Back when Wordle first got going, I started collecting Wordle clones and variants. I use these therapeutically to help treat the cognitive portions of my Long COVID symptoms. They are helpful in retraining the brain with word and concept recognition and retrieval. When I first started with Wordle, each time it took a long time to find an answer. At the beginning, I’d often end up getting frustrated and using one of the Wordle cheat find a solution tools. I figured with as much trouble as I was having with word finding, even using the cheat after struggling was still helping my brain to forge those connections again. It got better over time, and now, I can usually solve a Wordle in a minute without the cheat tools.
That’s for the original Wordle, though. So, while I’ve continued with the original Wordle, and basic word finding and retrieval has improved, there are other cognitive areas where I’m still struggling, things I used to know well. For example, I used to be fluent in French, dreaming in French and writing sonnets in French. During COVID I realized I’d lost my French. There are a handful of words I can use, and maybe a couple hundred I can read, but I’m having to look things up. So I started using French versions of Wordle to rebuild that part of my brain. You see? You get it?
I’m using a half dozen or a dozen Wordle variants on specific topics to help build retrieval in a targeted fashion for concepts I want to focus on. It also provides more challenge, because the original Wordle has gotten to be fairly easy for me. For myself, I have a few I try to do each day (if I remember), and several that I rotate between, usually trying on the weekend to get in a few more. The ones I’m doing almost every day include original Wordle, Canuckle (Canadian-themed), Worldle (geography recognition by shape). Ones I do often, every week, include Foodle and Phoodle, Le Mot (a French language Wordle variant), Numberle (math-themed), Wordosis (medical terms). There are several that I’ve done often at times and less often at other times, but still usually do at least once a month. These include Chordle (musical chords), Dordle, Quordle, Octordle, Squardle. Others I attempt erratically either because they are so like something else I already do (like Lingle, which is basically the same as Wordle), and ones that are so hard for me I find I hard to make myself do them, like Semantle, Semantle Junior and Waffle. I will say, I have tried really, really hard with Semantle, but my brain just doesn’t work that way.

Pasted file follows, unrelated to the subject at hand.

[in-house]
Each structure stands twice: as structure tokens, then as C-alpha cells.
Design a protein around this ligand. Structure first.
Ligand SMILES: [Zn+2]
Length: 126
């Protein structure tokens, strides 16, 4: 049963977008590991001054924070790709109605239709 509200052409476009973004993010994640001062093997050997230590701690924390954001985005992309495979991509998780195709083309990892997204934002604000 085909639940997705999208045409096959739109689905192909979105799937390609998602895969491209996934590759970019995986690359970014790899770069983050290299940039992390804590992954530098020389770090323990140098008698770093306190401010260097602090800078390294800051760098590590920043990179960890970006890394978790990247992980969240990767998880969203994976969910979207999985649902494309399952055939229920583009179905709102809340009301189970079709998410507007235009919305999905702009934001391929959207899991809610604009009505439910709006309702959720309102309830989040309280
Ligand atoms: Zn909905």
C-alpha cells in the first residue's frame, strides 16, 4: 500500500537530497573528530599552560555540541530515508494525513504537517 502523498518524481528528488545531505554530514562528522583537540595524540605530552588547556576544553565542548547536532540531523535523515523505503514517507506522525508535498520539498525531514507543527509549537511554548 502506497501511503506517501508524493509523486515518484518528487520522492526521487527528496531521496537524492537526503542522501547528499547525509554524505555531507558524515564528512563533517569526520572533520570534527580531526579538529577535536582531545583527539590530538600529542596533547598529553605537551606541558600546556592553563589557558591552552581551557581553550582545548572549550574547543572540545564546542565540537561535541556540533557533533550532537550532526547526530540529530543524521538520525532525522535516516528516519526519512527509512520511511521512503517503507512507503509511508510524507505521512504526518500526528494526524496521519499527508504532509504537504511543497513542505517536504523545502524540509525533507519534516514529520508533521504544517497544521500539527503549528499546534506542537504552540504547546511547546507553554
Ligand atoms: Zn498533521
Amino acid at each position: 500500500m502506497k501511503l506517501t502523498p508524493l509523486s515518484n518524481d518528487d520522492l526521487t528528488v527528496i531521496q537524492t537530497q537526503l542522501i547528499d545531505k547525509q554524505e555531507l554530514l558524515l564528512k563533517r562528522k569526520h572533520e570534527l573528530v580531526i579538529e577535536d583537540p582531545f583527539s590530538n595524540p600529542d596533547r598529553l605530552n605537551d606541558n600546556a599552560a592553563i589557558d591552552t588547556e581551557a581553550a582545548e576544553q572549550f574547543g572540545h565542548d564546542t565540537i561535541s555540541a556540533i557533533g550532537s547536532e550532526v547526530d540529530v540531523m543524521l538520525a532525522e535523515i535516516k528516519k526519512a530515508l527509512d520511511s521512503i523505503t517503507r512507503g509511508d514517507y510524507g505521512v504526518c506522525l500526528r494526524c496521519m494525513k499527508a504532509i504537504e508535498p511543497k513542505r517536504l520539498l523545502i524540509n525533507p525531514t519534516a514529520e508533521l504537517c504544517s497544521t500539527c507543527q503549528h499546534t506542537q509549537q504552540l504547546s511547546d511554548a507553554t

There are more. Of course there are, LOADS more! I’m sure there are new ones since I built my collection, but feel free to suggest ones I’m missed in the comments. In the meantime, here are >200 more, sorted by category and topic. For today, don’t break the picket line, break your Wordle streak and break your brain.
This is a question I’ve been asked fairly often throughout the pandemic, as awareness of long COVID increased, and as more people caught COVID. The past few months it’s been coming up more and more often. Now that I’m getting this question sometimes several times in a day, as well as getting lots of questions about pacing and brainfog (3 times in the past 24 hours!!), I’ve decided I really need to collect the resources I most recommend in places where they are easy for people to find and share.
This first post in this new series will focus on what we know or suspect about how to avoid having COVID turn into Long COVID. I’ve been waiting a long time for something official about this, but there isn’t a lot. There’s a lot of news articles, a little bit of research looking at the differences between people who develop Long COVID and those who don’t, and an enormous amount of discussion in the many patient support groups. I made a little infographic, and will discuss the high points in the rest of this post. (NOTE: I’m not this kind of artist, so please be kind, and feel free to make your own. I just did this because I hadn’t found anything else that does this.) FYI, I’m making the infographic open access and open source — make suggestions for updates and changes in comments to this blogpost, but if you want to modify the infographic, make a copy of the Google file. Also, remember, I’m a medical librarian and an emerging trends and technologies informationist, I am not a doctor (#IANAD).
Most Important Tip to Avoid Long COVID
The truth is that there is no way to really avoid getting Long COVID except by not getting COVID-19 in the first place. Everything else is about reducing the risk. So, trust me, you don’t want this, what can you do? Protect yourself, protect others, get vaccinated and mask up. Note also, that being vaccinated helps protect you from dying of COVID-19 or being hospitalized for it, but it doesn’t stop you from getting COVID or from getting Long COVID. It helps to reduce the risk, it is not a guarantee of safety. There is also an assumption in the general public and media that Long COVID mostly happens to “old folk,” but the data seems to show that this happens quite a bit in young folk. Not to mention that if you had COVID once, did not get Long COVID, that doesn’t mean you’re free now. If you catch COVID again (and again), each time you catch it, the risk of developing Long COVID goes up, and up. So, whoever you are, there is nothing that says you can’t get Long COVID.
The Riskiest Time for Triggering Long COVID